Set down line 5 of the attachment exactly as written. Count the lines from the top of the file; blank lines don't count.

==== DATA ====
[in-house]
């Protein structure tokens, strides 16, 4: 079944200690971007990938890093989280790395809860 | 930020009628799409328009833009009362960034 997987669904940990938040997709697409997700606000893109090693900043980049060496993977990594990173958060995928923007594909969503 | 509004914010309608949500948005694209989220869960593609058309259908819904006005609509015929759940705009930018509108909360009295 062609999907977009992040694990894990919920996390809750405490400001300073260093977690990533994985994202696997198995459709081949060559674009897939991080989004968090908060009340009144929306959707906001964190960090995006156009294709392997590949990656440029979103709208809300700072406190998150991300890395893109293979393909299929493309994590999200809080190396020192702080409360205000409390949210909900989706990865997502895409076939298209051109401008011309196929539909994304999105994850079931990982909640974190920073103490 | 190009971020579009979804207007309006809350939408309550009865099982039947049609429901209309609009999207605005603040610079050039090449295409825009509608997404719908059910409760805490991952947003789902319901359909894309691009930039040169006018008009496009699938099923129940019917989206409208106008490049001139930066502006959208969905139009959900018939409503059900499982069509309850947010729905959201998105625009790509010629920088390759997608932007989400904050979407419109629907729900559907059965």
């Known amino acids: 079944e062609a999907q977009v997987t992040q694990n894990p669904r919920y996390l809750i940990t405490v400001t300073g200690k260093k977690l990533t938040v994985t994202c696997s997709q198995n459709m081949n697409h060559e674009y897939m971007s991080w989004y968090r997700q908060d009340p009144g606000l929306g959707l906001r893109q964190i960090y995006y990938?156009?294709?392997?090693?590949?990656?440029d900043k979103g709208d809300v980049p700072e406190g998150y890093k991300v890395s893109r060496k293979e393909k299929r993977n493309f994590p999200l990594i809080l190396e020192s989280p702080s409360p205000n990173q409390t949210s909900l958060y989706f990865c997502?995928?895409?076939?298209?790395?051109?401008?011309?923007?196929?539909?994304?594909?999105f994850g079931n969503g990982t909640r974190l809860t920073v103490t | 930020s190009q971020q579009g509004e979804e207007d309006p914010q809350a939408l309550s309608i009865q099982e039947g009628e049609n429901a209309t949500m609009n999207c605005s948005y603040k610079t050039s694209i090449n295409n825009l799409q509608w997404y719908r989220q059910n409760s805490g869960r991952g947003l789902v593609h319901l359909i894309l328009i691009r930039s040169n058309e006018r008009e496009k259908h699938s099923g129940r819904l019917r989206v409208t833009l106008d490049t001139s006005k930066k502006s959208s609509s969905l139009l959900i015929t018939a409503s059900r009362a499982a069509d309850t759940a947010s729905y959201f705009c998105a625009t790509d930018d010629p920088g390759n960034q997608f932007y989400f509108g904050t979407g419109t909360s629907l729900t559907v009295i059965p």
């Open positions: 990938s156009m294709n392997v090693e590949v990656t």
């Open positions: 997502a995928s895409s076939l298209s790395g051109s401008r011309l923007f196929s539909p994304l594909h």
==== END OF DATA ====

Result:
């Open positions: 997502a995928s895409s076939l298209s790395g051109s401008r011309l923007f196929s539909p994304l594909h």